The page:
Chimmy Lawson and The Pinker Print

 

Illustration by Rose Brampton for The Pinker Print

The first edition of The Pinker Print is a 50 page personal essay divided into subjects that Chimmy Lawson, the author, is passionate about, including Men, Race, Beauty, and Love. The self-proclaimed "funny feminist" makes you think hard about cultural ideals and laugh at the fairytales we grew up with ("Fuck Disney"). The Pinker Print is a thoughtful mental journey through Chimmy's struggles and opinions, self-published and sold through Amazon

Chimmy Lawson is an author, freelance writer, teacher, and the curator of the @thepinkerprint Instagram account. Based in London, Chimmy just held her first writing workshop and is about to celebrate the 1 year anniversary of her book, The Pinker Print. I reached out the Chimmy upon discovering her Instagram and reading her book. We talked about everything from defining oneself and personal feminism to publishing and Instagram as a platform to reach the masses. 

Chimmy Lawson

So tell us about yourself. Who are you? Whatโ€™s your history?

My name is Chimmy Lawson. I run a pink Instagram account, I've written a pink book, and I host writing workshops. I'm about to turn 26 and I still battle with disappointment. When I was younger I assumed I would have everything together by now and some days I struggle with that.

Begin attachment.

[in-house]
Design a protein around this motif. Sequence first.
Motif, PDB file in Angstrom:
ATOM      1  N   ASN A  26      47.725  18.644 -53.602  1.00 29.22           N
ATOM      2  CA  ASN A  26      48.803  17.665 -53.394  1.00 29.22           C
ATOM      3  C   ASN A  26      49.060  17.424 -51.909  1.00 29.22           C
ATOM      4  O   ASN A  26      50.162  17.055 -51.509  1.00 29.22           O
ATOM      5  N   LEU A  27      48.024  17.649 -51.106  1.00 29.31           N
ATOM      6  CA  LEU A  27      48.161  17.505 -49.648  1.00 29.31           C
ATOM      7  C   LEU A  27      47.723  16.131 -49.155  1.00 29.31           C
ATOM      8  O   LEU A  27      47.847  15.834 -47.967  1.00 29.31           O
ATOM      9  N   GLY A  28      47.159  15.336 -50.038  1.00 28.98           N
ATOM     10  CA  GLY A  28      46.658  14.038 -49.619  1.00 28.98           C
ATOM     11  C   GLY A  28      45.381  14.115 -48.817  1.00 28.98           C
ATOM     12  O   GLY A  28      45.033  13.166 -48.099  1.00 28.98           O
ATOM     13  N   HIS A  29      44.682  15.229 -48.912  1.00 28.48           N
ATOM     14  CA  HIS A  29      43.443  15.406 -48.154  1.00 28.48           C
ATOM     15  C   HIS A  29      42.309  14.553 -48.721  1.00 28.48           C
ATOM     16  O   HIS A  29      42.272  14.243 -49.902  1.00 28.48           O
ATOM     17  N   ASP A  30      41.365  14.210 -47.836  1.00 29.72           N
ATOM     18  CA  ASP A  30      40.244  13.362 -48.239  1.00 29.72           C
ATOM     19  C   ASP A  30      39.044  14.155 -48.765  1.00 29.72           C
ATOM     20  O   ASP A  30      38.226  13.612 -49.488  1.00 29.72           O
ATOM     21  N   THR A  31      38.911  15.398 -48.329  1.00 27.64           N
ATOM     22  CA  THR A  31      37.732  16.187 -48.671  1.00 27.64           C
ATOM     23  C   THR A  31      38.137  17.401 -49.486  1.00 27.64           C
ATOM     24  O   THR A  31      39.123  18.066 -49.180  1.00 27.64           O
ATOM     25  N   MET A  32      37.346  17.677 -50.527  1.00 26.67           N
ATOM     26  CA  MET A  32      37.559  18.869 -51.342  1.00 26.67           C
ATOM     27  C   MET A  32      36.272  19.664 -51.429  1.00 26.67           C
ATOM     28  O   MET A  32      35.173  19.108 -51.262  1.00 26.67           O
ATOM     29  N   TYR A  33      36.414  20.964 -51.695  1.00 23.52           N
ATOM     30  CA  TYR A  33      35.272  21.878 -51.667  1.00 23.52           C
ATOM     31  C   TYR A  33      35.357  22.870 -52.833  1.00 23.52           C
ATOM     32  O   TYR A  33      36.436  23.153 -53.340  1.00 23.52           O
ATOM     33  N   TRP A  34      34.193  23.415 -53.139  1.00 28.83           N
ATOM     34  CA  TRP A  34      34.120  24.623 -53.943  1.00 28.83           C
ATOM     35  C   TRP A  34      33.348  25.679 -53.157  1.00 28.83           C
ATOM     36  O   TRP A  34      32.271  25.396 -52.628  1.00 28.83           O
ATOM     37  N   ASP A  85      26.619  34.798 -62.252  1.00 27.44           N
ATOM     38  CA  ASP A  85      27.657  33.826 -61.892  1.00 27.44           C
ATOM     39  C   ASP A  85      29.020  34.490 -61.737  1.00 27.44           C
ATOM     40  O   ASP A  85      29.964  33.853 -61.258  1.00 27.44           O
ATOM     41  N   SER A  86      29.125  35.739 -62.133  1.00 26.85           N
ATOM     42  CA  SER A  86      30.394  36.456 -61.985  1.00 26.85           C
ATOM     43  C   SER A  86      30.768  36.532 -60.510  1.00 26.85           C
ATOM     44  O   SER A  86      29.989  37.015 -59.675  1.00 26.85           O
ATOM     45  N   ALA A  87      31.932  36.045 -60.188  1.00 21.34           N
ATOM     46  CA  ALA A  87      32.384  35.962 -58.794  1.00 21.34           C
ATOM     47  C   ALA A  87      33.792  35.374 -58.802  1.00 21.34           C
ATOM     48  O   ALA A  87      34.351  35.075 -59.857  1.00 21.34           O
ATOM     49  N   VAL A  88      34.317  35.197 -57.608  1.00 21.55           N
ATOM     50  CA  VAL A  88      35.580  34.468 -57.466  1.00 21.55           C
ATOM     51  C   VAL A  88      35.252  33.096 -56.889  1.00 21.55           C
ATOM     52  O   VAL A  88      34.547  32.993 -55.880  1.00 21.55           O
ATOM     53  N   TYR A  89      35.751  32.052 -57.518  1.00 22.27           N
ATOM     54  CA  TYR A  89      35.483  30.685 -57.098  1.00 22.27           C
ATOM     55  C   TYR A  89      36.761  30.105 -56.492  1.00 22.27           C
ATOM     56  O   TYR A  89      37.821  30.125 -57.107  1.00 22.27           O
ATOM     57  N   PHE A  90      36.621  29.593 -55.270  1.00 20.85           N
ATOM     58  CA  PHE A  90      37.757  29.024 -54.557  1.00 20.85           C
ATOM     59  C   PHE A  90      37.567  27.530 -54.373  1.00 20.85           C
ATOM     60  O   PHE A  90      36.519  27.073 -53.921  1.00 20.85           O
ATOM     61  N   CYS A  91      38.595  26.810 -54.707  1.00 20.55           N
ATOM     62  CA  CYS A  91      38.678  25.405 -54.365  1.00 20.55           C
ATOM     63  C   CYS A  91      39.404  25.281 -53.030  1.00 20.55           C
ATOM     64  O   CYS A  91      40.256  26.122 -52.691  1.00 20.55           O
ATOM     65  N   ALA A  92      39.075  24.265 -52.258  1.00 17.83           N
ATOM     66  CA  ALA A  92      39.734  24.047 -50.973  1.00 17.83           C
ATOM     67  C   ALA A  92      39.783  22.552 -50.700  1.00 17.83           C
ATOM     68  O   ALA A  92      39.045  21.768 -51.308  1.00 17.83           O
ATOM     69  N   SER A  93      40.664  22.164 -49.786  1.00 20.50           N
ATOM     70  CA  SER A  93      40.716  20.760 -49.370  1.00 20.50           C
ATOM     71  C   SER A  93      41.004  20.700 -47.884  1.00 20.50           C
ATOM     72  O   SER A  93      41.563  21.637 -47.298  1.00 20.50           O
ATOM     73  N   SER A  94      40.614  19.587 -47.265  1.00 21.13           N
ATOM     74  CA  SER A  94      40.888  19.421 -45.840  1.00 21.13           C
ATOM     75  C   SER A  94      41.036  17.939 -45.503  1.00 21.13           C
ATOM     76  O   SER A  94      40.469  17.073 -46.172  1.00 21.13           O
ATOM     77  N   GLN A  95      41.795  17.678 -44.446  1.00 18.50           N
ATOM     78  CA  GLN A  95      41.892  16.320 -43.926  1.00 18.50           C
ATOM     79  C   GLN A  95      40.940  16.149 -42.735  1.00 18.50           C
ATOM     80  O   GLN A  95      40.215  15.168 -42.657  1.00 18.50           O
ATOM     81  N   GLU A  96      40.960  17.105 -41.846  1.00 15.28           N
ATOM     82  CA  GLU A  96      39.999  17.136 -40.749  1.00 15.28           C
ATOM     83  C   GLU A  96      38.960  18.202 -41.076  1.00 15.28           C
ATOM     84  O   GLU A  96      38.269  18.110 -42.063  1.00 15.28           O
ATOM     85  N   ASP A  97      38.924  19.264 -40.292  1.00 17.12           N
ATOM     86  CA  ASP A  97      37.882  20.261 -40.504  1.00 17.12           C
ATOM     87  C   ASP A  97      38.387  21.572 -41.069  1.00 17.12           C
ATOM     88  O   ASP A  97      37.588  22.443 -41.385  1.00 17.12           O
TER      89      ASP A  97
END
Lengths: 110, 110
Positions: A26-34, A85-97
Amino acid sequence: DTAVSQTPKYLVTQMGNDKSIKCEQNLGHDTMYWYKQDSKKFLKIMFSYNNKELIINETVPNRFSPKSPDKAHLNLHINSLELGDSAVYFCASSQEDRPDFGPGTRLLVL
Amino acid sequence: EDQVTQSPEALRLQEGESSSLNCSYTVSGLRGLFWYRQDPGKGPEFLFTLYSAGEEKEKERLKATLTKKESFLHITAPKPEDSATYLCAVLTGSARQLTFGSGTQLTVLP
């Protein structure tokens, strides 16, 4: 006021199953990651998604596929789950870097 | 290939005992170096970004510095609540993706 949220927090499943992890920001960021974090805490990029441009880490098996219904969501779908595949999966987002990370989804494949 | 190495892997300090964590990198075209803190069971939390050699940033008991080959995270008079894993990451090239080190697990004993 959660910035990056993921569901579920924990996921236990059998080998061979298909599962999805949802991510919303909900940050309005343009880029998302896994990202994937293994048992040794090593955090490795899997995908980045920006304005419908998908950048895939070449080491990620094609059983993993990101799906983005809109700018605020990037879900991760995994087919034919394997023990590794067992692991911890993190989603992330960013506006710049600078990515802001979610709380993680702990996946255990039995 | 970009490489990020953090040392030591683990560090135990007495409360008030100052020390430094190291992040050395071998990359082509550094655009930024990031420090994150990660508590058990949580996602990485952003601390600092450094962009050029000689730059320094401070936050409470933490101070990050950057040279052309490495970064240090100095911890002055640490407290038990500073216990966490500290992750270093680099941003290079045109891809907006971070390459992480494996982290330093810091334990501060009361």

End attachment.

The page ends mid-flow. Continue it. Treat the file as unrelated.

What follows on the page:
When I look back at my career and the things I've done, it all seems so mismatched. But if you look very closely, everything syncs. I've worked in McDonald's, betting shops, retail, fashion PR, magazines, and now I'm a secondary school teacher. When I look at my favourite aspects of each position, it's always been about communication - the message delivered to others. I guess that's how I fell in love with words. 

Illustration by Rose Brampton for The Pinker Print

So how did The Pinker Print come to be? Have you always been a writer? Why?

In a way, yes. @thepinkerprint just became an extension of me. I get these crazy, funny, random, angry thoughts, and I share them. The paragraphs literally write themselves in my head. I always feel like a mad woman when I explain this to people, but it's true. I wrote the [Pinker Print] book in two weeks. Granted, it's only 50 pages, but still. I just sat down and typed out all the shit in my head. My mind is a lovely and sometimes dangerous place.

For those who have yet to read the book, can you give us a summary? What is it about?

The Pinker Print is a collection of one off anecdotal essays on subjects I care about. It started off as a very personal project and I had no intention of sharing it, so it's a little rough around the edges. I think the chapter on 'Men' is my favourite though. I wrote it from a place of love and frustration. I really hate that people assume I loathe men just because I'm an active feminist, so I showed them I've got a softer side too! 

What inspired the name?

I love this question because the answer always knocks people for six! Deep down, somewhere in my heart, I'm a rapper/songwriter. My love for music had me calling my book a mix tape for a long, long time. And the thing with mix tapes is that you use someone else's beat for your lyrics. That seems like such a badass metaphor for life, doesn't it? So I took Nicki Minaj's album name, The Pinkprint, and added my own twist and developed my own connotations for what it means. Pinker means pink, but with more pow(er), and Print symbolizes my writing.